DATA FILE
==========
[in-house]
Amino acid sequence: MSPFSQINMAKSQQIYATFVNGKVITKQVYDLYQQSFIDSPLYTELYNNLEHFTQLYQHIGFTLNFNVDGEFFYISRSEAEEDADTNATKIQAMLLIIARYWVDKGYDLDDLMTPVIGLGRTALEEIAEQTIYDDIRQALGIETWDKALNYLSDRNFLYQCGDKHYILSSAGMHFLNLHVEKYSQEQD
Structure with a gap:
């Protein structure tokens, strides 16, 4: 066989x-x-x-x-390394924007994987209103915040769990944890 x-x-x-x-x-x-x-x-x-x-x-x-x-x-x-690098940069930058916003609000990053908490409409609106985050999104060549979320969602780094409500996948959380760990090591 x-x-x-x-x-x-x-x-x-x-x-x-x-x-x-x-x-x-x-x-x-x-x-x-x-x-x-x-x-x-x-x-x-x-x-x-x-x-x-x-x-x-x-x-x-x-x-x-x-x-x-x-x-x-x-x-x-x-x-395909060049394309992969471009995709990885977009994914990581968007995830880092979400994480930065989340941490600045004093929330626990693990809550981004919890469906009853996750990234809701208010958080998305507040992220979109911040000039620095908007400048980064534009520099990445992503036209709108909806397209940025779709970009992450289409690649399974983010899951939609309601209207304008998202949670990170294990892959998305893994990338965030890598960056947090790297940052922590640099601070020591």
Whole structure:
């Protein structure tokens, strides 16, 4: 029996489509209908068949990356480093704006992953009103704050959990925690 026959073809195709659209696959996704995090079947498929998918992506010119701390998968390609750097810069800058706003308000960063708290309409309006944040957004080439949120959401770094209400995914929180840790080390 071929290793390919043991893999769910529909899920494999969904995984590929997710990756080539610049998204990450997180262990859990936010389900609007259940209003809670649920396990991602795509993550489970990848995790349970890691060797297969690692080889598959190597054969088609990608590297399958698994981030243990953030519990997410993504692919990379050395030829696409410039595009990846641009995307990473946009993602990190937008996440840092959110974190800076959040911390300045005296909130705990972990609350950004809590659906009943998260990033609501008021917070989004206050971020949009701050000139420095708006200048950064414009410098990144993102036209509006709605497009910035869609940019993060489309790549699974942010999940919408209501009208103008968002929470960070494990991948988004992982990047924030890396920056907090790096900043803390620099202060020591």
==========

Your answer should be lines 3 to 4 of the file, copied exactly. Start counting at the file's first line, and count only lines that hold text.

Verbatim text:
Structure with a gap:
């Protein structure tokens, strides 16, 4: 066989x-x-x-x-390394924007994987209103915040769990944890 x-x-x-x-x-x-x-x-x-x-x-x-x-x-x-690098940069930058916003609000990053908490409409609106985050999104060549979320969602780094409500996948959380760990090591 x-x-x-x-x-x-x-x-x-x-x-x-x-x-x-x-x-x-x-x-x-x-x-x-x-x-x-x-x-x-x-x-x-x-x-x-x-x-x-x-x-x-x-x-x-x-x-x-x-x-x-x-x-x-x-x-x-x-x-395909060049394309992969471009995709990885977009994914990581968007995830880092979400994480930065989340941490600045004093929330626990693990809550981004919890469906009853996750990234809701208010958080998305507040992220979109911040000039620095908007400048980064534009520099990445992503036209709108909806397209940025779709970009992450289409690649399974983010899951939609309601209207304008998202949670990170294990892959998305893994990338965030890598960056947090790297940052922590640099601070020591």